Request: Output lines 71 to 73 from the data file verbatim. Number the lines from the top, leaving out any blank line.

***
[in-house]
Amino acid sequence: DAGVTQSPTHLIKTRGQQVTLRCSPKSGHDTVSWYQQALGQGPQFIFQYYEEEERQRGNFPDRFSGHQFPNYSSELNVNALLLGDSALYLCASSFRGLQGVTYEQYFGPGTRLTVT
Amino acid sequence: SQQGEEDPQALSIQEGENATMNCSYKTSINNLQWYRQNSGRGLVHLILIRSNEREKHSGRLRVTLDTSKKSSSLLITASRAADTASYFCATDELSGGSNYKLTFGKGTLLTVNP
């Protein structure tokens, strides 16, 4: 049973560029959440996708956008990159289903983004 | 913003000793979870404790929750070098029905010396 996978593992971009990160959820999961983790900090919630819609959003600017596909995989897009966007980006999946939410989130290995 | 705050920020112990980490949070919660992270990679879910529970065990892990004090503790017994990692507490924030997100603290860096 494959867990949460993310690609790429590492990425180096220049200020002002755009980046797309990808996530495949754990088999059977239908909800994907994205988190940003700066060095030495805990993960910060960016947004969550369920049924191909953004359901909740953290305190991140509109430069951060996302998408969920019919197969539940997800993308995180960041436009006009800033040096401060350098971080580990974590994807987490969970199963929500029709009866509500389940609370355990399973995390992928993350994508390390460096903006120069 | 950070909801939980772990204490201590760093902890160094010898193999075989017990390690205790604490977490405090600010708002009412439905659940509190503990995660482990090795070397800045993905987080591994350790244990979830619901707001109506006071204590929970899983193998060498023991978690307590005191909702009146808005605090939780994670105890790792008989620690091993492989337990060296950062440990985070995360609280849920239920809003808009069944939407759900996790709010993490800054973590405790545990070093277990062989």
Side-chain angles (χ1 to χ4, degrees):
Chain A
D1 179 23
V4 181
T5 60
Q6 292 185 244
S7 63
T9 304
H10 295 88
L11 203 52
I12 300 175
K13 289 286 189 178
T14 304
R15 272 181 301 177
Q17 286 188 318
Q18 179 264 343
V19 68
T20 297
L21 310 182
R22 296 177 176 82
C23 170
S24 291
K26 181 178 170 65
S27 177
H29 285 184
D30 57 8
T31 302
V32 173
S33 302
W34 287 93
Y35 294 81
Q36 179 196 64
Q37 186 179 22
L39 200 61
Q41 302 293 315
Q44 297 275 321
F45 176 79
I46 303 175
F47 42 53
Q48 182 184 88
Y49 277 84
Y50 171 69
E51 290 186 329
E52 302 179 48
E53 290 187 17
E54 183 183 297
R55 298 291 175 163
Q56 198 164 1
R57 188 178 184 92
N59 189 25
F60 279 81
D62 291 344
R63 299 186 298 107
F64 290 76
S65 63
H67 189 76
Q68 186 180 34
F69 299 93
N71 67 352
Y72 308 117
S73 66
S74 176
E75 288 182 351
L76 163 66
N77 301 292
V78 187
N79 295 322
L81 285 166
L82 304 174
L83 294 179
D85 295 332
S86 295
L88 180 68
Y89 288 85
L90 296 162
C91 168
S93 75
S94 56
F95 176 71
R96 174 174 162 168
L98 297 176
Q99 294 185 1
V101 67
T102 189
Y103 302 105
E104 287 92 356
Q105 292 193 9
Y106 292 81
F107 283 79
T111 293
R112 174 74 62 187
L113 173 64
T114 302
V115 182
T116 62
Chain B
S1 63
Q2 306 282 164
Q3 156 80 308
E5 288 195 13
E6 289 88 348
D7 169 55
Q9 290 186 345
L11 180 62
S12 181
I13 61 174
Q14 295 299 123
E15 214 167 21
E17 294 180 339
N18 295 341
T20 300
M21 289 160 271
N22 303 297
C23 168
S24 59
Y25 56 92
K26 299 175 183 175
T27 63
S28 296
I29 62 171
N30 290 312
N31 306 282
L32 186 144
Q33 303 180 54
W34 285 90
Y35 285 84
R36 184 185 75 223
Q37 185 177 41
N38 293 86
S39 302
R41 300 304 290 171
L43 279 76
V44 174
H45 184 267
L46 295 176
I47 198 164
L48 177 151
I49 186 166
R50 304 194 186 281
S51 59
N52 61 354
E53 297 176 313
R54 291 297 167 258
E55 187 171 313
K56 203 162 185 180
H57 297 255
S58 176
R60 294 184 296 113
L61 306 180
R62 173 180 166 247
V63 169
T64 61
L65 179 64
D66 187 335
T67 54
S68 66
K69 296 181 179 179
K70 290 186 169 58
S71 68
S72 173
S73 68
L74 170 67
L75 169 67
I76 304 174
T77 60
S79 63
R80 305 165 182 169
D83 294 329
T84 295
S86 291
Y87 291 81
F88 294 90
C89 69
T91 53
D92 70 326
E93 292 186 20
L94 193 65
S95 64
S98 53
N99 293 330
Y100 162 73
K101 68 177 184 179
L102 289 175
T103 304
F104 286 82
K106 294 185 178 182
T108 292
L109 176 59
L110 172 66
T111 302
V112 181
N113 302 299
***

N79 295 322
L81 285 166
L82 304 174